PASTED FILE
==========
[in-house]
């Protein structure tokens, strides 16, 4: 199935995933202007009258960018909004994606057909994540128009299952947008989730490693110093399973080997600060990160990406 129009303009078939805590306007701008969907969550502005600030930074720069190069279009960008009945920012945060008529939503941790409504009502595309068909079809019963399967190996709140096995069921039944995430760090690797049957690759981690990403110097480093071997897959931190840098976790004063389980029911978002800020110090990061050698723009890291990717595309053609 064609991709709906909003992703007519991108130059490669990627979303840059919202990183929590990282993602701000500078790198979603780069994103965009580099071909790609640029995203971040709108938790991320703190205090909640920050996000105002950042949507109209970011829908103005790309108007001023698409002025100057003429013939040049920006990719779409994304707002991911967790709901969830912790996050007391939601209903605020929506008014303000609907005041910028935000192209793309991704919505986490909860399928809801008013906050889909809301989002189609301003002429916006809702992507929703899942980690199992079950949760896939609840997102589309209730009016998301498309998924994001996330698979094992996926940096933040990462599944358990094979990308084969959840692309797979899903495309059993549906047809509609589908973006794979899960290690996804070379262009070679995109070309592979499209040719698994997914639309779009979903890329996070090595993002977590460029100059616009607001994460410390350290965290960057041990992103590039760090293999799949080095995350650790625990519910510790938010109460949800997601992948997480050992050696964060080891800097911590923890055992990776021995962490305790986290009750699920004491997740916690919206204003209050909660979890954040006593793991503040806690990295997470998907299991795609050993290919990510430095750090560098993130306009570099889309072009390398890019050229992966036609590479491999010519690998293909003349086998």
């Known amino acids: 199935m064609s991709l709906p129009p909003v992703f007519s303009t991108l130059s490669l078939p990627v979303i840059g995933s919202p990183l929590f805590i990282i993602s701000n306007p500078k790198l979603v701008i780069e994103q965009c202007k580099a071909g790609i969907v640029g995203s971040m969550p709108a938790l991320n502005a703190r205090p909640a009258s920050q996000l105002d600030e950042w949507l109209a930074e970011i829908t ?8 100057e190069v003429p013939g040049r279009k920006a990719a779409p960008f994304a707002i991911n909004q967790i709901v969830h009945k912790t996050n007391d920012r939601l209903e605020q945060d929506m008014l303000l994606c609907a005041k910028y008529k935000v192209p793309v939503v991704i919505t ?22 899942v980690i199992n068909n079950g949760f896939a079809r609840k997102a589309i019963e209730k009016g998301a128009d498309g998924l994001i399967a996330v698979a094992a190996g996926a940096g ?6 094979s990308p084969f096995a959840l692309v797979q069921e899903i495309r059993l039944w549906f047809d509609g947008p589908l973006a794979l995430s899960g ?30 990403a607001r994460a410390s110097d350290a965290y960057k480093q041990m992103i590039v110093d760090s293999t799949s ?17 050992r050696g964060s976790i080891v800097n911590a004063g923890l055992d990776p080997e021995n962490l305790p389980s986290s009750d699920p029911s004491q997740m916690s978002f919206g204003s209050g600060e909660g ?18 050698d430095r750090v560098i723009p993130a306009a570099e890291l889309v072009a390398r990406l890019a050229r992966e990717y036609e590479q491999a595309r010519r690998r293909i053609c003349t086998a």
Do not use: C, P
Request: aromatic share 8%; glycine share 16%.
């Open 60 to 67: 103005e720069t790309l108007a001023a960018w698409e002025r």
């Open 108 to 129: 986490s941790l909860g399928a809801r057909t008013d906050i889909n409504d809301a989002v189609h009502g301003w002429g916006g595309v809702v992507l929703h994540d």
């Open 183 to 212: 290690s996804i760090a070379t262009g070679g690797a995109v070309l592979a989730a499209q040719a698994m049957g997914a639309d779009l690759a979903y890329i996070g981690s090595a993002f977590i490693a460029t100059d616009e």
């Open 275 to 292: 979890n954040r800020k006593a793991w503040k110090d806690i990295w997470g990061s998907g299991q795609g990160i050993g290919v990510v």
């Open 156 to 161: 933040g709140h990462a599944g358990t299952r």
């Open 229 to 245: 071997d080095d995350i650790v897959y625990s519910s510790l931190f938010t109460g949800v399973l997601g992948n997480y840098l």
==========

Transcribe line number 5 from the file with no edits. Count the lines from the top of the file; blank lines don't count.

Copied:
Request: aromatic share 8%; glycine share 16%.